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A district of somewhat indefinite limits stretching for about 200 miles along the east coast of the Mediterranean and extending inland from five to fifteen miles. The eastern boundary was the Lebanon range, while Ptolemy ("Geography," v. 15, §§ 4-5) defines the northern border as the Eleutherus (Nahr al-Kabir) and the southern as the Chorseus (Karaje), although these limits can be regarded as only approximate. In the Old Testament there is no specific reference to Phenicia, the inhabitants of the region being usually termed Sidonians (e.g., Gen. x. 15; Judges iii. 3, x. 6, xviii. 7; I Kings v. 20, xvi. 31). The name under which the country is generally known is probably Greek in origin, for it seems to be a derivative from Φοῖνος "blood-red," "purple," in allusion to the rich dye of the murex which its inhabitants exported. The land is called Φοινίκη as early as the "Odyssey" (iv. 83, xiv. 291), although its people are termed almost indiscriminately Phenicians and Sidonians in the Homeric poems (e.g., "Odyssey," xiii. 272, xiv. 288, xv. 415, as contrasted with "Iliad," vi. 690; "Odyssey," iv. 616, xv. 118). The chief cities of the district were Acco, Achzib, Ahlab, Kanah, Tyre, Zarephath, Sidon, Berytus, Gebal, Arka, Zemara, Arvad, and Sin. It never formed a coherent kingdom, but a general hegemony was exercised over the entire region by one or another of the leading cities, especially Gebal (the Byblus of the Greeks) in the north, and Tyre and Sidon in the south. The age of these towns is unknown, although some of them must have been of considerable antiquity, for the El-Amarna tablets of the fifteenth century represent Tyre as a powerful metropolis.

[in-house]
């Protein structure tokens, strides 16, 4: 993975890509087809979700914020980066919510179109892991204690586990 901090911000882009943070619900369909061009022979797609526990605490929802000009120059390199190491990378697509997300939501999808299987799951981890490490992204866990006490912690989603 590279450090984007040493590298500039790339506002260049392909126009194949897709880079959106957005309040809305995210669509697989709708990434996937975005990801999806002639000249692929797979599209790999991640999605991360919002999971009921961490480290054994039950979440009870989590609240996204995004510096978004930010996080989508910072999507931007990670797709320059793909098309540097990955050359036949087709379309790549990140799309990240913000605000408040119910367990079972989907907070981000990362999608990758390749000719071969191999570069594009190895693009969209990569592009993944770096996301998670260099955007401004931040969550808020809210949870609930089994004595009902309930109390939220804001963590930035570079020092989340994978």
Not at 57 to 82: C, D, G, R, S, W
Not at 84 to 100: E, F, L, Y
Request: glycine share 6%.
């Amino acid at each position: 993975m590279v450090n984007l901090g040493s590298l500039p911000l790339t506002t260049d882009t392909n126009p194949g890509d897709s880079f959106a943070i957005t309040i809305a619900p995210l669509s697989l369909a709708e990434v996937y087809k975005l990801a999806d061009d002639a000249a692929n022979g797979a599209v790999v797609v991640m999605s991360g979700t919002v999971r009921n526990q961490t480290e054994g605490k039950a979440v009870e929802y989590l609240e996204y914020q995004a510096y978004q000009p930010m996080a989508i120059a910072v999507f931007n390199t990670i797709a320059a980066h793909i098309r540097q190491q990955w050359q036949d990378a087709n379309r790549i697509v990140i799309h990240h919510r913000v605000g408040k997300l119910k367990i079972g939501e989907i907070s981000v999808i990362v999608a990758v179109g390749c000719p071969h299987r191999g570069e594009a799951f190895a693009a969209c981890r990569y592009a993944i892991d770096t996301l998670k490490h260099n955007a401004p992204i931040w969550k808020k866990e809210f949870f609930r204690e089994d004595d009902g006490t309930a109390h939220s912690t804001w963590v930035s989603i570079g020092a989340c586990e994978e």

Ethnological Affinities.

The Phenicians were undoubtedly of Canaanite stock (comp. Gen. x. 15), and, according to a tradition preserved by Herodotus (i. 1, vii. 89), came from the Red Sea (here denoting the Persian Gulf) to the coast of Syria. They probably belonged to an early Semitic invasion of Palestine before the Israelitish conquest. Although lists of early kings are given by Tatian ("Adversus Græcos," xxxvii.) and by Porphyry (cited by Eusebius, "Præp. Evang." x. 9, § 12), the ultimate source for both authors being Sanchuniathon, these records are scarcely trustworthy, and may be in great part apocryphal. It is not until the latter part of the sixteenth century B.C. that Phenician history really begins. At that period Thothmes I. invaded Syria. His victories were only transient; his son, Thothmes III. (c. 1503-1449), had a more lasting success. Capturing Zemara and Arvad, which alone offered any serious resistance, he made the former city the chief Egyptian fortress of Syria, and kept a rigid control over the entire country. A rebellion against Amenophis II. (c. 1449-1430) was quickly suppressed, and Thothmes IV. also maintained his power there, but the slack reign of Amenophis IV., toward the end of the fifteenth century, resulted in the conquest of the most of Phenicia by the Hittites. About 1350 Sethos I. endeavored to regain the country, but he was unable to secure more than the southern half of it, while his son, Rameses II., was forced to conclude a treaty with the Hittites by which they retained the territory north of a boundary which seems to have been the Nahr al-Kalb, north of Beirut.